Always Start With Coffee
I've switched to drinking cold brew coffee. I used to be an Aeropress guy, but the cold brew process is a revelation to me. Bitter acidity and aftertaste are banished like so much jitter. Plus, I prefer iced coffee anyway. If you really want to get to know the flavor of your coffee beans, cold brew is the way to go. Water + coarse grind beans + steep time. This simplicity allows you to enjoy your coffee beans in their purest, most unadulterated form. In streamlining the coffee making process, one is able to zero in on the few elements in play and get them dialed in with fewer variables and distractions.
As with the cold brew process, I wanted to explore the Mytek Brooklyn AMP under basic conditions in order to minimize additive elements. In terms of the coffee, if you want to be a stickler about the analogy, I would say the amp is more akin to the water and music to the beans. However, I'd rather remove asbestos with my tongue than be tasked with comparing the taste of different waters. So, let's stick to the amp equals beans analogy. Taste the beans, taste the amp.
To that end, my primary evaluation choice was to listen with my Wyred 4 Sound - DAC-2v2SE-10th-Anniversary directly driving the amps -- no preamp. This is not to say that the end result of said simplicity will necessarily be to your liking. Some people will still prefer hot brewed coffee. Likewise, whether taking a miss on a preamp is your cup of tea (or coffee) is a matter of individual taste. But, in removing a significant variable like heat, I can focus on appreciating the actual flavor of the beans/amp, knowing I can always modify at a later stage to suit my exact preferences (i.e. almond milk and tube preamps).
As far as operating the Brooklyn, it did not come with an owner's manual. For the most part, an amp is an amp, so this didn't present any problems. There is a series of DIP switches on the back which offer some options that I was able to decipher by going online. However, I didn't have any reason to alter things, so I used the amp with its default settings.
Lookswise, the Brooklyn is a welcome relief from the typical oversized black box. It's got a uniquely dimpled, silver colored front panel. When I look at it, I alternately think golf ball or Epcot center. One of those ubiquitous blue LEDs (switchable to red which I prefer) nicely illuminates the Mytek logo on the front, indicating power. Near the conclusion of the review period the LED stopped working, although the amp continued to function. The perforation schemes dotting the casing are an imaginative take on the usual ventilation slits and add big style points. For those who normally buy their amps by the pound, this compact unit will leave a giant hole in your rack where the amp usually goes.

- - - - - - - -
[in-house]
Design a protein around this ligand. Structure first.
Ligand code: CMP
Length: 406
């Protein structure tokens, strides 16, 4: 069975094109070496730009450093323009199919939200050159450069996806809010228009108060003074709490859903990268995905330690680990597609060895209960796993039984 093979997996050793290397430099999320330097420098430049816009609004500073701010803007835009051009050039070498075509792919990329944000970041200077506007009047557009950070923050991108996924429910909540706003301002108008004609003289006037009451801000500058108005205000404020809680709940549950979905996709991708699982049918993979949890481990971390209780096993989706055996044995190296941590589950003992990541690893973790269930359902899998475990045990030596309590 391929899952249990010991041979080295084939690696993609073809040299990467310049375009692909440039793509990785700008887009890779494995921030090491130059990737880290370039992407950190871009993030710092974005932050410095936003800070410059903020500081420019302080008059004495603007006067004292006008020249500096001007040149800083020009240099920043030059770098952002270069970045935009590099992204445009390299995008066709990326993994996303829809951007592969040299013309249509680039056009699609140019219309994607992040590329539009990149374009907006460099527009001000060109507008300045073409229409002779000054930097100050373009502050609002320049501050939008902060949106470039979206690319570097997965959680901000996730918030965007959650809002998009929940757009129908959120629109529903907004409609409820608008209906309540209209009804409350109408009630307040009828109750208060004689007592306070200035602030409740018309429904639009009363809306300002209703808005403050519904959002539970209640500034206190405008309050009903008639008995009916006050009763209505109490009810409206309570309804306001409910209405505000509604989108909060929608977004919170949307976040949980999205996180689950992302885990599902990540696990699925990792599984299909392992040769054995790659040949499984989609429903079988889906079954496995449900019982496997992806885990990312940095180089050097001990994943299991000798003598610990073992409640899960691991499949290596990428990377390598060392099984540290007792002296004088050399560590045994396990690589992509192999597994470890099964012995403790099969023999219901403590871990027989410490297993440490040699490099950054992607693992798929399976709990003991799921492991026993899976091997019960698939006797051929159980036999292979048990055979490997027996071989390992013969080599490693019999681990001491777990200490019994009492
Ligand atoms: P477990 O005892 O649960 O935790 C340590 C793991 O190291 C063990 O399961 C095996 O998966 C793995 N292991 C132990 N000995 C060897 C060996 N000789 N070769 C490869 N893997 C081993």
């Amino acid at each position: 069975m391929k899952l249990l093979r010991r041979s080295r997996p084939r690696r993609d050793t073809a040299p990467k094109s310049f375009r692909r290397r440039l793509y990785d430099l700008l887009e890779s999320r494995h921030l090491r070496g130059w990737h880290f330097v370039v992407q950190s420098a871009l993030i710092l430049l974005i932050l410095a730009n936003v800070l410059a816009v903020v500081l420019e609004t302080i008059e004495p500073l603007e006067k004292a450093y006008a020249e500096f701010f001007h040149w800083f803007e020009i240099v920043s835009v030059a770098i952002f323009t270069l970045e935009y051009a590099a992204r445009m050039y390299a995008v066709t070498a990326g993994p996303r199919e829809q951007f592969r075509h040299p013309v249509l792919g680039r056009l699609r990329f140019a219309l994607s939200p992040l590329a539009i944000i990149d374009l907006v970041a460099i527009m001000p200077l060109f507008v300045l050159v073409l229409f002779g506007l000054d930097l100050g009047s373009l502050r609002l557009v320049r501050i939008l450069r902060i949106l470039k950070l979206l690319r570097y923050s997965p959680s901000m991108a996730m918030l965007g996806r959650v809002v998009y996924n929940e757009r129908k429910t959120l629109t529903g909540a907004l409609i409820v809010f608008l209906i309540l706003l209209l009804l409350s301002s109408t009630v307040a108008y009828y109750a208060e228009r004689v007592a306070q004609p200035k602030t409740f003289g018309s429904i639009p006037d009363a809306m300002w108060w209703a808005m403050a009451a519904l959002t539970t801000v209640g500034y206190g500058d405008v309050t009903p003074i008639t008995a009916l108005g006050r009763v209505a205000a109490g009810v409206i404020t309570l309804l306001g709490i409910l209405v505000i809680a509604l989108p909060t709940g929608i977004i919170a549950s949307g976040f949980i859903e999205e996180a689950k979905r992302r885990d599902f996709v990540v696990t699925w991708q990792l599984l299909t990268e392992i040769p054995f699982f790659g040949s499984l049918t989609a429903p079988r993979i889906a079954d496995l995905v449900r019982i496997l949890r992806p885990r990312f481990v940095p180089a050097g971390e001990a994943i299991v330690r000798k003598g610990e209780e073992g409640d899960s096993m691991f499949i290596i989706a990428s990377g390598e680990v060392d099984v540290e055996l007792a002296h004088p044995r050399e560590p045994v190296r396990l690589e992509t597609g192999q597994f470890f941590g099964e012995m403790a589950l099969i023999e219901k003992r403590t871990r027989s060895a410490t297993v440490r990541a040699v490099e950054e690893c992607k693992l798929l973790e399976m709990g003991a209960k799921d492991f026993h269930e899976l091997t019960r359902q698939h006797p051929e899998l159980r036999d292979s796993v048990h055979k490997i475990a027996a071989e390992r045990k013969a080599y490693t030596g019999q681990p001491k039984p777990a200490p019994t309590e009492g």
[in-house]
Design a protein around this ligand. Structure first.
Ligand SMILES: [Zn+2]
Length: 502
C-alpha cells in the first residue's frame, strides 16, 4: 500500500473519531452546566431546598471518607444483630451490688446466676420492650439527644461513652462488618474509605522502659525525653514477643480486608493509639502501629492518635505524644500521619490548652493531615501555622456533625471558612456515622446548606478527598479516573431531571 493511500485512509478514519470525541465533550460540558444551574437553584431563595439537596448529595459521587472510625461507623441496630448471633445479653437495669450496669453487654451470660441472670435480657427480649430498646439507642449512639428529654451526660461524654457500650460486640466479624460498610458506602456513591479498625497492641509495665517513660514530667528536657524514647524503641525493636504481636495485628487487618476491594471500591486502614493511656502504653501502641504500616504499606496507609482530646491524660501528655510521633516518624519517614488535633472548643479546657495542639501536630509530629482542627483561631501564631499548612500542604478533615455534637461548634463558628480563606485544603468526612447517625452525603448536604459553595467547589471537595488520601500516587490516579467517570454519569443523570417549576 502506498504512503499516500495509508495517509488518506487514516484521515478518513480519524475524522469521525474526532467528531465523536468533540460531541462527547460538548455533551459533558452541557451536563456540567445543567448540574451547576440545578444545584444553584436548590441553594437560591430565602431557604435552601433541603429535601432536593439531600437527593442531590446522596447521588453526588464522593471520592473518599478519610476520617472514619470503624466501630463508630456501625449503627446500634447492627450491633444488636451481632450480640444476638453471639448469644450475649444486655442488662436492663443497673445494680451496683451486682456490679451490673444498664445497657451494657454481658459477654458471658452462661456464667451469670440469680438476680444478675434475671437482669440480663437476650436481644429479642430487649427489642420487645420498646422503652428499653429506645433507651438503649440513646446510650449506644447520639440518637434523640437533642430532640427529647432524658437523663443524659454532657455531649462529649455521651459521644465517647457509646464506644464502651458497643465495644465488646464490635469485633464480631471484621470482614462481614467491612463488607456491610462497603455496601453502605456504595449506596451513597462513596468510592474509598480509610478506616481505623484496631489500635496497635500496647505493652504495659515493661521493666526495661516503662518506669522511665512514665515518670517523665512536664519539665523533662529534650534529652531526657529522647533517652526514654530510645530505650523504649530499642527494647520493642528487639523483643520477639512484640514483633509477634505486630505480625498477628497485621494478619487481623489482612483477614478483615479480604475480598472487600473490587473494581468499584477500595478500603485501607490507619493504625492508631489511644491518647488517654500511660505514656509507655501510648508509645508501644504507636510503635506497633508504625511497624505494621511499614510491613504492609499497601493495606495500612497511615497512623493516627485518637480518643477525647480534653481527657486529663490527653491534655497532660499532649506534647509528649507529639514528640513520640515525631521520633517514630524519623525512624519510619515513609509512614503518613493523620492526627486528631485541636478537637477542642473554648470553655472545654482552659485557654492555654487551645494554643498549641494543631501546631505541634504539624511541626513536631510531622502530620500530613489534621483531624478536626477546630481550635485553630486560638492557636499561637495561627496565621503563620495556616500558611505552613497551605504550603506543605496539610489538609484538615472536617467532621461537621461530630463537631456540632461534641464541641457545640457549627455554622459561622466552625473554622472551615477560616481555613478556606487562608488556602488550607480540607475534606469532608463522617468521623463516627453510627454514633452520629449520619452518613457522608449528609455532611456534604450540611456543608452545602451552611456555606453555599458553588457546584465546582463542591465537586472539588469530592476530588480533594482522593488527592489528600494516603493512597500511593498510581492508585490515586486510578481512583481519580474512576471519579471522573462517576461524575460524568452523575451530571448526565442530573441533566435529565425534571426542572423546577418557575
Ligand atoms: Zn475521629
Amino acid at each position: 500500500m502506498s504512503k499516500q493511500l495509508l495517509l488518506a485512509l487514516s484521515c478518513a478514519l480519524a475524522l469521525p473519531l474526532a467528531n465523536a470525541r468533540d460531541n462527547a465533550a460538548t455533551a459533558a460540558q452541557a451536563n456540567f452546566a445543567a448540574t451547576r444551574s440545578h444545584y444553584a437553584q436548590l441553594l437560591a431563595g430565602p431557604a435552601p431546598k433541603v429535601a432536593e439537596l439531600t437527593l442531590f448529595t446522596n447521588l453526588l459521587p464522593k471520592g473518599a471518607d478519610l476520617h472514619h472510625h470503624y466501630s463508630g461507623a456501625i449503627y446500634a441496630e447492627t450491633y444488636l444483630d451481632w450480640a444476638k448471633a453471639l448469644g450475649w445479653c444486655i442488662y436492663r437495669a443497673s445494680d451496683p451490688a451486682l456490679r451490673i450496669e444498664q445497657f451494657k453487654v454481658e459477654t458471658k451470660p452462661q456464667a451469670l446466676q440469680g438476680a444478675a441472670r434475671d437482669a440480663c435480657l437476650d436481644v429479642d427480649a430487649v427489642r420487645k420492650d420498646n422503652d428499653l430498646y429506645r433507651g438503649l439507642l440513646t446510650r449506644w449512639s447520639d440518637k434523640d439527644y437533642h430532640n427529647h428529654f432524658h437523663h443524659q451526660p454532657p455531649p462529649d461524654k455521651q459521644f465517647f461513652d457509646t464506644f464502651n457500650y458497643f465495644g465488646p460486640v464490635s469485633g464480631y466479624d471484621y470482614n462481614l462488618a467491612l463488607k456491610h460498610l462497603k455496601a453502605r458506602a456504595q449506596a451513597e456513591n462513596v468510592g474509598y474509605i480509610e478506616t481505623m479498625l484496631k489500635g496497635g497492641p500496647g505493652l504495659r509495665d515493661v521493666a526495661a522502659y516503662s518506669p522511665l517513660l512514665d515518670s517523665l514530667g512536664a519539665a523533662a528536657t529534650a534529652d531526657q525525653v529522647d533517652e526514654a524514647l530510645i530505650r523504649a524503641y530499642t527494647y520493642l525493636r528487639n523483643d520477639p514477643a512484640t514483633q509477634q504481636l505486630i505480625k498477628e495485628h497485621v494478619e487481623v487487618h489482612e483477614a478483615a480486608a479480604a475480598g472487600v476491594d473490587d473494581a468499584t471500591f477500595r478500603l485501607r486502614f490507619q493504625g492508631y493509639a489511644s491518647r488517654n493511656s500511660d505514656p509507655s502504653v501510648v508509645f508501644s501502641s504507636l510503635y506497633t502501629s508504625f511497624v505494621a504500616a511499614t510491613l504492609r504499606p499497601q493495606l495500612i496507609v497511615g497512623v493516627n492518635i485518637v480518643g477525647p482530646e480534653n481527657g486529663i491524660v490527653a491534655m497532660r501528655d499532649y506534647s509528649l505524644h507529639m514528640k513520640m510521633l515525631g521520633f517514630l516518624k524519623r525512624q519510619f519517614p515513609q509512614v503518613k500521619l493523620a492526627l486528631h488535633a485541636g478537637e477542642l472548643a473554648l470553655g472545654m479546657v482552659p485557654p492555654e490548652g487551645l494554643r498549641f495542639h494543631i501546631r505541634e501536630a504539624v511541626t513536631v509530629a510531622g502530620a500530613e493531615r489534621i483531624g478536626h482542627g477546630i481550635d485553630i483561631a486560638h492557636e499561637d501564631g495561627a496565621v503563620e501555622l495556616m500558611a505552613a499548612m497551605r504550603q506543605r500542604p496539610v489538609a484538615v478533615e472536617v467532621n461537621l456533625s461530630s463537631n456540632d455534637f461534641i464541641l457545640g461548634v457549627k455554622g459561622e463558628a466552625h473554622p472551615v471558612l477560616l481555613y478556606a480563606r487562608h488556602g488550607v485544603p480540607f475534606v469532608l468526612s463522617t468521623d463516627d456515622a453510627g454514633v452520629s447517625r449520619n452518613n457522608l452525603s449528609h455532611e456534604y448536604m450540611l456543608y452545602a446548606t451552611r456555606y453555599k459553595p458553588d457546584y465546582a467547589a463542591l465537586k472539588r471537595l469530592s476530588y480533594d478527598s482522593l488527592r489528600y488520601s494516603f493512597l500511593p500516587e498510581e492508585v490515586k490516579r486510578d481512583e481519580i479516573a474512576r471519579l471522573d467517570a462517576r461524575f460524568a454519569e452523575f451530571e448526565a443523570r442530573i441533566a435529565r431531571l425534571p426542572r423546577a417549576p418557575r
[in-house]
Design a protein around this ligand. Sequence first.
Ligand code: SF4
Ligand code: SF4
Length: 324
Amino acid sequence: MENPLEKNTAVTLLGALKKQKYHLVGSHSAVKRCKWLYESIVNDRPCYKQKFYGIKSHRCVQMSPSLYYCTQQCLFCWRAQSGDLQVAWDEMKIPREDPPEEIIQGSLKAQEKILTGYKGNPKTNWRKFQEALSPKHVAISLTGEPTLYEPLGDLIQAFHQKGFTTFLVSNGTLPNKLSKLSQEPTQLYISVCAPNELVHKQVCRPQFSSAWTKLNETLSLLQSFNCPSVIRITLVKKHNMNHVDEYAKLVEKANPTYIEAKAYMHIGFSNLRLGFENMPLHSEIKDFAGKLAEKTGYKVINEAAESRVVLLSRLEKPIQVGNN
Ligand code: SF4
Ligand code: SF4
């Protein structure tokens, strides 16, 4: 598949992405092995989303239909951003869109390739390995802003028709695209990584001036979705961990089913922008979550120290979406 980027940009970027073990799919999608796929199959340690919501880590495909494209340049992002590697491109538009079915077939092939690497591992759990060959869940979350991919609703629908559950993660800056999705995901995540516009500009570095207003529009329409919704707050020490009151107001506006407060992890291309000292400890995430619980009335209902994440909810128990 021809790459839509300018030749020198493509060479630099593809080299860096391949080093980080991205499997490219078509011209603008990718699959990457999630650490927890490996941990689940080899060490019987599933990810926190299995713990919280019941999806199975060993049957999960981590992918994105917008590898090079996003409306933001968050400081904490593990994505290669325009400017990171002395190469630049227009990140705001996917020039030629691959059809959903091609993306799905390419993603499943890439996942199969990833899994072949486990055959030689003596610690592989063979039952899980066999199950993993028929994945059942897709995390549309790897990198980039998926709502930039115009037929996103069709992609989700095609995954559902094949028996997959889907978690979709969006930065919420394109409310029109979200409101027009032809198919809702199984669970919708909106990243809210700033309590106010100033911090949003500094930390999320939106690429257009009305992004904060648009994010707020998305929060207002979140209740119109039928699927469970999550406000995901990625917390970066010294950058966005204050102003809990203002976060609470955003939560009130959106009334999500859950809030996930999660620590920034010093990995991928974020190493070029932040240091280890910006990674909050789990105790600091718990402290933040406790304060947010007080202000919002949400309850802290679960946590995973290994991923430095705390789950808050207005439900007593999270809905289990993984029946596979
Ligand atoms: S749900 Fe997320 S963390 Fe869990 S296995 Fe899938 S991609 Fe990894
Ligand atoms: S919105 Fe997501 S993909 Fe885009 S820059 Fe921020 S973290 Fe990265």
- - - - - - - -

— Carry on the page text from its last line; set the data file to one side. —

Tale Of The Tape - lightweight division
Name: Mytek Brooklyn AMP
Type: Class D amplifier
Country: Made in Brooklyn, USA
Weight: 6 lbs.
Power Rating: 8 ohm - 250 Wpc; 4 ohm - 300 Wpc
Warranty: 2 years
Here's an idea, place the Brooklyn inside of a giant aluminum casing with heat sink fins like a '57 Chevy. Blast all 250 watts for your friends and, when they're suitably blown away, lift the large casing to reveal this little wonder. Jaws drop and you take your bows while your significant other his/her their eyes.
The plan was to conduct an evenly matched comparison of the Brooklyn AMP to my resident Valvet - A1.2 amp (25 Wpc, solid state, Class A), driving a pair of DeVore Fidelity - Gibbon 3XLs + REL - T-7 subwoofer. Kimber Kable - 8TC connects amp to the DeVores. The aforementioned W4S DAC would assume volume control duties. When I started the review process my source was an SOtM - sMS-200ultra powered by a Wyred 4 Sound - PS-1, followed by an Uptone Audio - ISO REGEN/LPS 1.2 combo platter. But then, in a dramatic plot twist, things took a trip to bountiful. Midway through this evaluation, I found myself with an Auralic - Aries G2 digital to digital converter, two new power cords (Audience - forte f3, Synergistic Research - UEF Blue) and Audience - Ohno interconnects.
Okay, time for a new plan. See how the Brooklyn responds to changes, both minor and major as they say in the music business. Actually, I have no idea if they say that, but they probably should. So, instead of trying to keep system elements consistent across the board when comparing amps, I decided to evaluate how the Brooklyn takes to each different change and then derive an optimal source/amp/power cord/interconnect combination for comparison to the Valvet as configured in my present system.
The Valvet amp is paired with a Synergistic Research - Atmosphere, Level 1 power cable. Holy dictionary, that's a long name! It's practically a full sentence. Likewise the Wyred 4 Sound - DAC-2v2SE-10th-Anniversary. On the other hand, Chord has a fancy, cutting edge DAC and simply calls it "Dave," which makes it seem pretty ordinary for the near $12,000 asking price. I don't think it would hurt these companies' bottom lines to try coming up with more appealing names for their passionately designed and engineered products. Naming schemes like sequential numbers, the initials of the designer, or tired classifications like "SE" are not nearly as special or carefully considered as the devices themselves. To me, the technical sounding names seem more like official designations than inspired name branding. Mytek's Brooklyn and Manhattan make perfect sense for a NY based company. Personally, I'd like to see Boogie Down and Shaolin models too, but I suspect that would have limited appeal to a more genteel crowd. Thus, the Hamptons series should be next. You didn't ask, but you're welcome Mytek.